I am trying to understand how the architecture works in case of NIC Bonding. The scenario is: There are 2 NICs on the same system. Both are bonded to support failover and load balancing. Hence the IP of the bond driver(virtual) is the IP to which traffic comes when target to any of the NICs. Each NIC is connected to a different switch. Now because these NIC are bonded the switches will have the same IP address pointing to different MAC address. So how will a router decide which switch to forward an incoming request to which is intended for that IP? Will there be 2 entries in the routing table for the same IP address? Will the router broadcast to all switches? Will there be more than one router?
It depends on how the interfaces are bonded.
One way to do this is that only one NIC is really active. If one of the links goes down, then the other NIC starts using the MAC address of the first NIC, or the system issues a gratuitous ARP with its MAC address to get everyone to update their ARP tables.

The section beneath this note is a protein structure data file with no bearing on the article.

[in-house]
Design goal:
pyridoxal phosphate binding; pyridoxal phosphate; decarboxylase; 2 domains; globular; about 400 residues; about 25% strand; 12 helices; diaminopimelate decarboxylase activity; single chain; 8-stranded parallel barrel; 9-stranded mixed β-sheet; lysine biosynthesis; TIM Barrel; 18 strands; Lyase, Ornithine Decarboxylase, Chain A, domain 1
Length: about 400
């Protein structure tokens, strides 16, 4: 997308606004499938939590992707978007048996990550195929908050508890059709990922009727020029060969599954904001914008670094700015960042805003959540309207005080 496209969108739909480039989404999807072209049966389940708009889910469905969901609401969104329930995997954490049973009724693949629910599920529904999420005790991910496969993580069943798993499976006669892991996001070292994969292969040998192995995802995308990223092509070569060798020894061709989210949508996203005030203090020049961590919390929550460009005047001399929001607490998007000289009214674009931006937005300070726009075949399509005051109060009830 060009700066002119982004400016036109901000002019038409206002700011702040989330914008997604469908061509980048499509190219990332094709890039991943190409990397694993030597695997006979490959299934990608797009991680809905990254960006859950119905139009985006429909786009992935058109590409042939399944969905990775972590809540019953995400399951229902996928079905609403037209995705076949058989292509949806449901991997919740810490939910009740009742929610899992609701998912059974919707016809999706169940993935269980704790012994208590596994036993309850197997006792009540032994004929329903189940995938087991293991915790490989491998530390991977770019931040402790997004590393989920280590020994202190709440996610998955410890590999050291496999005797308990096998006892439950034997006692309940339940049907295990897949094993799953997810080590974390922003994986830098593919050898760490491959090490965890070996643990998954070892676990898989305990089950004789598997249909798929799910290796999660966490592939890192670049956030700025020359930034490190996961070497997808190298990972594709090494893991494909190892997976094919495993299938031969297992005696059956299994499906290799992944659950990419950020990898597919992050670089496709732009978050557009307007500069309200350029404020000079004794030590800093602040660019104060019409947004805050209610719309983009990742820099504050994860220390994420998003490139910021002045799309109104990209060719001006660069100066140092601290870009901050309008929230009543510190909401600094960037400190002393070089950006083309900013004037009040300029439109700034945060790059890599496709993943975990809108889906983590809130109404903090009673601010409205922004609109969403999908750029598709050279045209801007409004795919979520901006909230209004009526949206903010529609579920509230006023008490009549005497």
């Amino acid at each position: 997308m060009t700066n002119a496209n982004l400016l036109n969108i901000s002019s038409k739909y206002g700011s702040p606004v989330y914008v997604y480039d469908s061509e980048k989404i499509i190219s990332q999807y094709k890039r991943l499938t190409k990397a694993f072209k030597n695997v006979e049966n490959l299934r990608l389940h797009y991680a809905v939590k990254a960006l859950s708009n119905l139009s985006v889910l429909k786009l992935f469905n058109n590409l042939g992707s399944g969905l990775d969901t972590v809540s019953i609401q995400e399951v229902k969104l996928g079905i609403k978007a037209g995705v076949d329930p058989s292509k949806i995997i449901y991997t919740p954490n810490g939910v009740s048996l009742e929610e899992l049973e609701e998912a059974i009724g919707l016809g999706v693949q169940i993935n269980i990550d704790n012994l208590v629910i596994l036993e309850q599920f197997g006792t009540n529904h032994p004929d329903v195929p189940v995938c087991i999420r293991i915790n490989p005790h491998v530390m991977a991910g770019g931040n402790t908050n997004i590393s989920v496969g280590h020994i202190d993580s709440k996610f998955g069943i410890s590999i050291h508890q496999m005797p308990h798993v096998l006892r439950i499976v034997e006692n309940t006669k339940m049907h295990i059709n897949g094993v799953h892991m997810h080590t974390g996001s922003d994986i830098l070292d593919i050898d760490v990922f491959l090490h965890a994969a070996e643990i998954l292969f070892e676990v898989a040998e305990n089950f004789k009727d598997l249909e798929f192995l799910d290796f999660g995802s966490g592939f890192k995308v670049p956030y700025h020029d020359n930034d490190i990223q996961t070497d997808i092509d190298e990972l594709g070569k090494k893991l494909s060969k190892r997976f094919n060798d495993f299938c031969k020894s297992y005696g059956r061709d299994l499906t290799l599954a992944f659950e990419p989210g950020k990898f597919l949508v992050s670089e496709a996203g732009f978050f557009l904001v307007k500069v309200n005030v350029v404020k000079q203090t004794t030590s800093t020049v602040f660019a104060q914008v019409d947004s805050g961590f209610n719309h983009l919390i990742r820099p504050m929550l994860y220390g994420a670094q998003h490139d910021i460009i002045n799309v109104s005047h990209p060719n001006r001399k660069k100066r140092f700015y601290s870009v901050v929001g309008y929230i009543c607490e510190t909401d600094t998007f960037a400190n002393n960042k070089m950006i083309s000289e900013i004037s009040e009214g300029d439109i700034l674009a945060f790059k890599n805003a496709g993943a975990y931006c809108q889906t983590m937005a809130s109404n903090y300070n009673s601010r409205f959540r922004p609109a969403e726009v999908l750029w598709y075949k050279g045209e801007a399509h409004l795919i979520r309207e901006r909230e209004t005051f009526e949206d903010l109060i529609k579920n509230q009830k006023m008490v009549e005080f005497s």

A close second to this method is that both NICs are used to send, but only one is used to receive.
Any other configuration requires the cooperation of the switches or the sending parties.
Note that unless the switch and the end device agree on a configuration, you could get some bad behavior. For example, the switch might not know which port actually has which MAC and will instead flood ALL traffic for that MAC. Or you could get a non-functional link.
Since you are using Adaptive Load Balancing, I will explain this mode.
Outgoing packets are split based on load.
Incoming packets are a bit trickier. When an ARP request is received, the MAC sent back is based on the requester's IP address. For example, if client A send an ARP request for your IP, it will get the MAC of NIC 1. Later when client B sends an ARP request, it will get the MAC of NIC 2. That way clients are split among the available NIC's.